expensive bankruptcy in U.S. history, said in a report publicly released
    Thursday that senior officials failed to disclose key practices,
    opening them up to legal claims, and that JPMorgan Chase and Citigroup
    contributed to the firm’s collapse. In addition, the report concludes
    that the firm’s auditor, Ernst & Young, failed to meet “professional
    standards…

    5 http://www.savingiceland.org/tag/rvk9/

    A little more than a year ago, several Icelandic bankers were
    arrested and kept in custody in relation to the Special Prosecutor’s
    investigation into the 2008 economic collapse, its antecedents and
    causes. Appearing in political TV talk show Silfur Egils shortly
    afterwards, French-Norwegian magistrate Eva Joly, who at that time
    served as the Prosecutor’s special assistant, talked about how society
    does not expect—and has problems to deal with—politically and
    economically powerful people being arrested, interrogated and possibly
    sentenced…

    6 http://www.guardian.co.uk/commentisfree/cifamerica/2008/oct/03/us.bush.financial.crisis

    He is completely correct. I have posted this point before, but
    hope no one minds my making the same point. This bailout has been
    designed on the basis that it will avoid a depression like the Great
    Depression. It is based upon lessons from that crisis. There are two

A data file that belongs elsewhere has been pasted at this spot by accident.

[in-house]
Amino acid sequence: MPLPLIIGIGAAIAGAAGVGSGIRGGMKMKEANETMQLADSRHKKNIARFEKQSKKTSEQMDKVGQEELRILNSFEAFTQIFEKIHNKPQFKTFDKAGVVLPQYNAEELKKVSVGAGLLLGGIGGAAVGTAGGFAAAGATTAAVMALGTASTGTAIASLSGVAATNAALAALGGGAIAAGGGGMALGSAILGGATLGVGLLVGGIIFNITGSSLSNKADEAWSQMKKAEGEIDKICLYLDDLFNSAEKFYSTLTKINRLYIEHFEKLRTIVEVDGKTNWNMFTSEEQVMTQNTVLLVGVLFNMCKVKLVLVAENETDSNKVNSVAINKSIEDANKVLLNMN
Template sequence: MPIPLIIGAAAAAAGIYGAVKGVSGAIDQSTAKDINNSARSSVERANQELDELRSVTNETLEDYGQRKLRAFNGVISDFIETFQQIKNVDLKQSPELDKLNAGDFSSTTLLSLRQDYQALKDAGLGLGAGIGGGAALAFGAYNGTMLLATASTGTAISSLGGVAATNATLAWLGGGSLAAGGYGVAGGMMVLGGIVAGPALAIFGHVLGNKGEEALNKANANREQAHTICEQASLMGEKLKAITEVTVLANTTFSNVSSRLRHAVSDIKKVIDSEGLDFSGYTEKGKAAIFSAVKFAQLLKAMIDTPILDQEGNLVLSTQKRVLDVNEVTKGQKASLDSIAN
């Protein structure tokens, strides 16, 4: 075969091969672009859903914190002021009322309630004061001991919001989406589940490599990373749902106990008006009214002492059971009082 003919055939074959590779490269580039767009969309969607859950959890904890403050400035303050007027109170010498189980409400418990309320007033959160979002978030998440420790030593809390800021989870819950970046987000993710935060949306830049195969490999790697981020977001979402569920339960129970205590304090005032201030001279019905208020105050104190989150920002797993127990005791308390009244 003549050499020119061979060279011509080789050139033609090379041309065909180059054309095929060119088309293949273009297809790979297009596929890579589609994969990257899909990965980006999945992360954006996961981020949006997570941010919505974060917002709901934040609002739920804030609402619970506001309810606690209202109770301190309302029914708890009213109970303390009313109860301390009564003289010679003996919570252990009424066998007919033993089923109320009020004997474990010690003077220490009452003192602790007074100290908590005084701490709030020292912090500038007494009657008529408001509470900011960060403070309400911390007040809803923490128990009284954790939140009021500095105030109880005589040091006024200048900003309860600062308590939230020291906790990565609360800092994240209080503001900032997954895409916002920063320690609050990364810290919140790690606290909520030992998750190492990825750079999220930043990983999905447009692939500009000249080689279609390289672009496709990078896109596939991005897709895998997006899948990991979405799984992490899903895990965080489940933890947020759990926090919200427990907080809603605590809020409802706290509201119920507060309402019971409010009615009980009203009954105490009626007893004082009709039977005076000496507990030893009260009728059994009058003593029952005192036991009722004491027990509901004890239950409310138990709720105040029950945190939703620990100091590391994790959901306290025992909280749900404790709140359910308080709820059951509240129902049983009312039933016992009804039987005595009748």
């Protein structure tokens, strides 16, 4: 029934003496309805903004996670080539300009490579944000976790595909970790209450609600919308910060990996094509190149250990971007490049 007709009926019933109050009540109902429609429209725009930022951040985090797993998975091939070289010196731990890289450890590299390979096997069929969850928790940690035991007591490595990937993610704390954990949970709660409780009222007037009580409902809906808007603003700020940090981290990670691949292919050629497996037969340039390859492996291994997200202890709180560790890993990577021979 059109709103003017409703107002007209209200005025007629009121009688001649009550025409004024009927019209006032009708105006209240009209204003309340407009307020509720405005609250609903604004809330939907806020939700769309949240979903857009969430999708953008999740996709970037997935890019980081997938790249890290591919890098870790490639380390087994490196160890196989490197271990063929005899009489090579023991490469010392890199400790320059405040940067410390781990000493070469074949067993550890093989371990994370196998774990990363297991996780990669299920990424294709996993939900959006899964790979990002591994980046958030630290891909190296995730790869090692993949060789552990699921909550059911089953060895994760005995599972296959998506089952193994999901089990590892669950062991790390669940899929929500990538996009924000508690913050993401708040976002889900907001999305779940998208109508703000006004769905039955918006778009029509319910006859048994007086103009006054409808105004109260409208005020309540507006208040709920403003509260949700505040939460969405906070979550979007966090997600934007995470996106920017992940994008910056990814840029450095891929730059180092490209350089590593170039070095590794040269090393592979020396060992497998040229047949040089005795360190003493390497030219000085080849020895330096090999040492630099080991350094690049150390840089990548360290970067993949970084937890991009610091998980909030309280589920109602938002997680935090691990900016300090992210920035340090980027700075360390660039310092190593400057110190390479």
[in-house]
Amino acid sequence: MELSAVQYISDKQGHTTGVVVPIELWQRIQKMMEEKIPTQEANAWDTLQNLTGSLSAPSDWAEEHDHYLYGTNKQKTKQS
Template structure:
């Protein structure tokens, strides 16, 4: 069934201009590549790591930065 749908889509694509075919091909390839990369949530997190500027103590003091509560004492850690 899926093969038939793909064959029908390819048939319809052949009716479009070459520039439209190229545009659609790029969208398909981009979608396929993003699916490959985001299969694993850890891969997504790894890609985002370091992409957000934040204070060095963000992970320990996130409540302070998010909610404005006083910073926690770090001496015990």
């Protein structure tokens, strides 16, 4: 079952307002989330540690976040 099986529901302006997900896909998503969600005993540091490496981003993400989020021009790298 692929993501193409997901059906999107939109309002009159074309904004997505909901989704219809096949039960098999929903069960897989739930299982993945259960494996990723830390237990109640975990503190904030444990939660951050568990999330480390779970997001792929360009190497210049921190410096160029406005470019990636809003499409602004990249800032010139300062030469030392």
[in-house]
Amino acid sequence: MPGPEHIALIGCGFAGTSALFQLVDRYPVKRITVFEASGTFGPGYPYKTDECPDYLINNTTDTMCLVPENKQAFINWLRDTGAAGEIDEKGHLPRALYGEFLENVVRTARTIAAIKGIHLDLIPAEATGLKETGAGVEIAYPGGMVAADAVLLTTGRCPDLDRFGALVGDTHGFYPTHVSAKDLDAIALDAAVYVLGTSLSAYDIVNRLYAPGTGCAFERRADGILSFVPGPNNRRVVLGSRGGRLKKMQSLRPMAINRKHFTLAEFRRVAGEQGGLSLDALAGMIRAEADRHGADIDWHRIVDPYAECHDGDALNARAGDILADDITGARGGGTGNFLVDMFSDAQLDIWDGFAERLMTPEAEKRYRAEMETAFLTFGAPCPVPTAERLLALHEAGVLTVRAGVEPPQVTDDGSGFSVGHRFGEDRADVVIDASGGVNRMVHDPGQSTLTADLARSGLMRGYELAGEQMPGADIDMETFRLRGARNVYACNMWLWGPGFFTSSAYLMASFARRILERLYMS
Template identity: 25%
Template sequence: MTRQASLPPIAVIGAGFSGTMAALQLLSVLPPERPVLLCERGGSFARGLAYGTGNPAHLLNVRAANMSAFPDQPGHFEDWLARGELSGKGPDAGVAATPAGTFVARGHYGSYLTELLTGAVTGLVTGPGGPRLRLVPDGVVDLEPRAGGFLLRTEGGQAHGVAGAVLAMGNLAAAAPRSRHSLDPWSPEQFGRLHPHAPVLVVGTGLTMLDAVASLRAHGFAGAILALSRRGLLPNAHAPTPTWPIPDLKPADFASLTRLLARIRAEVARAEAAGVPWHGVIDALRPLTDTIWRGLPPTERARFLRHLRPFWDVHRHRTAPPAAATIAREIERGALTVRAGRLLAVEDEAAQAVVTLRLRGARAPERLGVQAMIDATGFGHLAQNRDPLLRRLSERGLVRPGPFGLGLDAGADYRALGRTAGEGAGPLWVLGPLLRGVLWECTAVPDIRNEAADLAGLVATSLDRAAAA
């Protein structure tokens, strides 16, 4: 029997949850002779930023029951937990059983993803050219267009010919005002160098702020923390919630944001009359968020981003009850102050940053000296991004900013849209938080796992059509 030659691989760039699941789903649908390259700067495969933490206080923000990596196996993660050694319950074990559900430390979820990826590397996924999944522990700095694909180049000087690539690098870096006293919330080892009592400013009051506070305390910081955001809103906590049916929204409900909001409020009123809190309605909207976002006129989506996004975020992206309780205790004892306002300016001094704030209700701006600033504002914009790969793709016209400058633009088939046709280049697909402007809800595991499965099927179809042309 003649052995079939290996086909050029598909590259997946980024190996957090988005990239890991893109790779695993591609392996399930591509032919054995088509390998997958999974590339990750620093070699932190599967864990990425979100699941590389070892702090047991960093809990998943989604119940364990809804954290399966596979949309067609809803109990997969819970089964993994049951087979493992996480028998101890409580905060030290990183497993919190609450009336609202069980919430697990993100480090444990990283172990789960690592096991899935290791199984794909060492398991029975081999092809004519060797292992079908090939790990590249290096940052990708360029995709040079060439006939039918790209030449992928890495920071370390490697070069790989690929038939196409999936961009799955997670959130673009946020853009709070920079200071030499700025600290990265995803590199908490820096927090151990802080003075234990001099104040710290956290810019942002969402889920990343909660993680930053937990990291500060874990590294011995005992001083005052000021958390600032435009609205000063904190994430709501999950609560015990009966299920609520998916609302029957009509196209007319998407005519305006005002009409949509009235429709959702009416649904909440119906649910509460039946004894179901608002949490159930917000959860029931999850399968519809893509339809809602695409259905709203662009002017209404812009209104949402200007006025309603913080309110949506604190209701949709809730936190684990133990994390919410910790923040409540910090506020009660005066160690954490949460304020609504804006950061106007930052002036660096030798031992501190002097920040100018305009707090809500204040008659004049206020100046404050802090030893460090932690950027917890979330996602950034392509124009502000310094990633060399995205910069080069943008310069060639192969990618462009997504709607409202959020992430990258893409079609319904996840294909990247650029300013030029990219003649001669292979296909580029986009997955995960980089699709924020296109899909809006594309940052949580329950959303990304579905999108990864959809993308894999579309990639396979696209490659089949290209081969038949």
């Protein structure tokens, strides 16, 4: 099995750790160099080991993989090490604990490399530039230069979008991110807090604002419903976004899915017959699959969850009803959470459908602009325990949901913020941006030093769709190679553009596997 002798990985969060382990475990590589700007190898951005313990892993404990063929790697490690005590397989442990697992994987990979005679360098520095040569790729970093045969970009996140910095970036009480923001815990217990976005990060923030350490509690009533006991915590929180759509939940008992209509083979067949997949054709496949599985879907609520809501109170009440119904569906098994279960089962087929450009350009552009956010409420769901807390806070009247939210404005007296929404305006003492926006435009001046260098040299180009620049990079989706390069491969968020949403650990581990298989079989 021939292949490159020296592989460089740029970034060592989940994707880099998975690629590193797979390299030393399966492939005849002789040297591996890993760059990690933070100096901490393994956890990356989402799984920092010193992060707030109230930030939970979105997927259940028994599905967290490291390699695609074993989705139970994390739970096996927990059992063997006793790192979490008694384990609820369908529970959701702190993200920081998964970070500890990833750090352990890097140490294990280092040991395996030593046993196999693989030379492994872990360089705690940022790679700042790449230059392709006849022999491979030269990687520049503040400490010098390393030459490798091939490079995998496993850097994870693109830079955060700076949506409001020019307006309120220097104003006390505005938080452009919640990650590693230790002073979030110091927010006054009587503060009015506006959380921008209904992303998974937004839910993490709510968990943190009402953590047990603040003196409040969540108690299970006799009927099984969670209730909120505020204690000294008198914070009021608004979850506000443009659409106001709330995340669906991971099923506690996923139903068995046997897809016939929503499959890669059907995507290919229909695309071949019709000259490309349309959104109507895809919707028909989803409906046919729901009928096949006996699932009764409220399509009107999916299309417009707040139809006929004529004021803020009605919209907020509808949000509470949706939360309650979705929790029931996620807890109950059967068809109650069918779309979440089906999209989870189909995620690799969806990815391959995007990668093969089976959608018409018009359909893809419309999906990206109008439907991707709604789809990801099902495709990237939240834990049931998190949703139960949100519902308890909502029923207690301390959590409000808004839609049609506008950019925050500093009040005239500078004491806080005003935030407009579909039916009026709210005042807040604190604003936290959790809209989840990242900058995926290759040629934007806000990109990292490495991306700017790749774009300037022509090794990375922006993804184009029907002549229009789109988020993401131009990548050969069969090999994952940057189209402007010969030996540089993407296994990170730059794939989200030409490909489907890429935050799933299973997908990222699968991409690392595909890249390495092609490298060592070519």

basic problems with this idea. The first is that today is not the same
    circumstance as then. The world is a different place, and the crisis
    therefore has different antecedents. The second problem is that this is
    an imagined solution to prevent the Great Depression. There is no
    evidence that it would have worked then, so why should it work now, in a
    time when the circumstances are completely different…

    7 http://www.termpaperwarehouse.com/subcategory/enron-leadership/1

    and Andy Fashow, the Chief Financial Officer (CFO) (Gutman,
    2002). Enrons leadership were accused of profiting from their
    activities, allowing the company to hide…

    8 http://en.wikipedia.org/wiki/Causes_of_the_financial_crisis_of_2007%E2%80%932009

    A down payment refers to the cash paid to the lender for the
    home and represents the initial homeowners equity or financial interest
    in the home. A low down payment means that a home represents a highly